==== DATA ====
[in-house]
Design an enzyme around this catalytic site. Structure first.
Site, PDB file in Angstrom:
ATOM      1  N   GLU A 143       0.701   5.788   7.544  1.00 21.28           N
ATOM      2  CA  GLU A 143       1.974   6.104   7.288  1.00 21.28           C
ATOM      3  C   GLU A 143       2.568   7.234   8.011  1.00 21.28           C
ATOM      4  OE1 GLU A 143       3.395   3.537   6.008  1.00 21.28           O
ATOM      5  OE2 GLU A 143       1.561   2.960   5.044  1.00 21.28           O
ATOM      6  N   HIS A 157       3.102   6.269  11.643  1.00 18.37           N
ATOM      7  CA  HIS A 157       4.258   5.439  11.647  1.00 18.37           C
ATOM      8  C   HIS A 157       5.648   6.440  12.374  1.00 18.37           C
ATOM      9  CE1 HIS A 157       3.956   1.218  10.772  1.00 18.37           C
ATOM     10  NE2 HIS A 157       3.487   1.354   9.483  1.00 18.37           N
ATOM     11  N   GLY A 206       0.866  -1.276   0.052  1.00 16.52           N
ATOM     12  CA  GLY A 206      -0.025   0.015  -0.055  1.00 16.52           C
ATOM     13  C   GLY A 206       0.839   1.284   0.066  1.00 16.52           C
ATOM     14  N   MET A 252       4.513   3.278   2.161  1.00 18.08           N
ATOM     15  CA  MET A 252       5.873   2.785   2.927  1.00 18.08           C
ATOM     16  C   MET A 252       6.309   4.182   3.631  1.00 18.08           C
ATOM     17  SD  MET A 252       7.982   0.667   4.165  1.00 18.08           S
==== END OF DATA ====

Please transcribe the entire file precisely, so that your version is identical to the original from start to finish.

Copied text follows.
[in-house]
Design an enzyme around this catalytic site. Structure first.
Site, PDB file in Angstrom:
ATOM      1  N   GLU A 143       0.701   5.788   7.544  1.00 21.28           N
ATOM      2  CA  GLU A 143       1.974   6.104   7.288  1.00 21.28           C
ATOM      3  C   GLU A 143       2.568   7.234   8.011  1.00 21.28           C
ATOM      4  OE1 GLU A 143       3.395   3.537   6.008  1.00 21.28           O
ATOM      5  OE2 GLU A 143       1.561   2.960   5.044  1.00 21.28           O
ATOM      6  N   HIS A 157       3.102   6.269  11.643  1.00 18.37           N
ATOM      7  CA  HIS A 157       4.258   5.439  11.647  1.00 18.37           C
ATOM      8  C   HIS A 157       5.648   6.440  12.374  1.00 18.37           C
ATOM      9  CE1 HIS A 157       3.956   1.218  10.772  1.00 18.37           C
ATOM     10  NE2 HIS A 157       3.487   1.354   9.483  1.00 18.37           N
ATOM     11  N   GLY A 206       0.866  -1.276   0.052  1.00 16.52           N
ATOM     12  CA  GLY A 206      -0.025   0.015  -0.055  1.00 16.52           C
ATOM     13  C   GLY A 206       0.839   1.284   0.066  1.00 16.52           C
ATOM     14  N   MET A 252       4.513   3.278   2.161  1.00 18.08           N
ATOM     15  CA  MET A 252       5.873   2.785   2.927  1.00 18.08           C
ATOM     16  C   MET A 252       6.309   4.182   3.631  1.00 18.08           C
ATOM     17  SD  MET A 252       7.982   0.667   4.165  1.00 18.08           S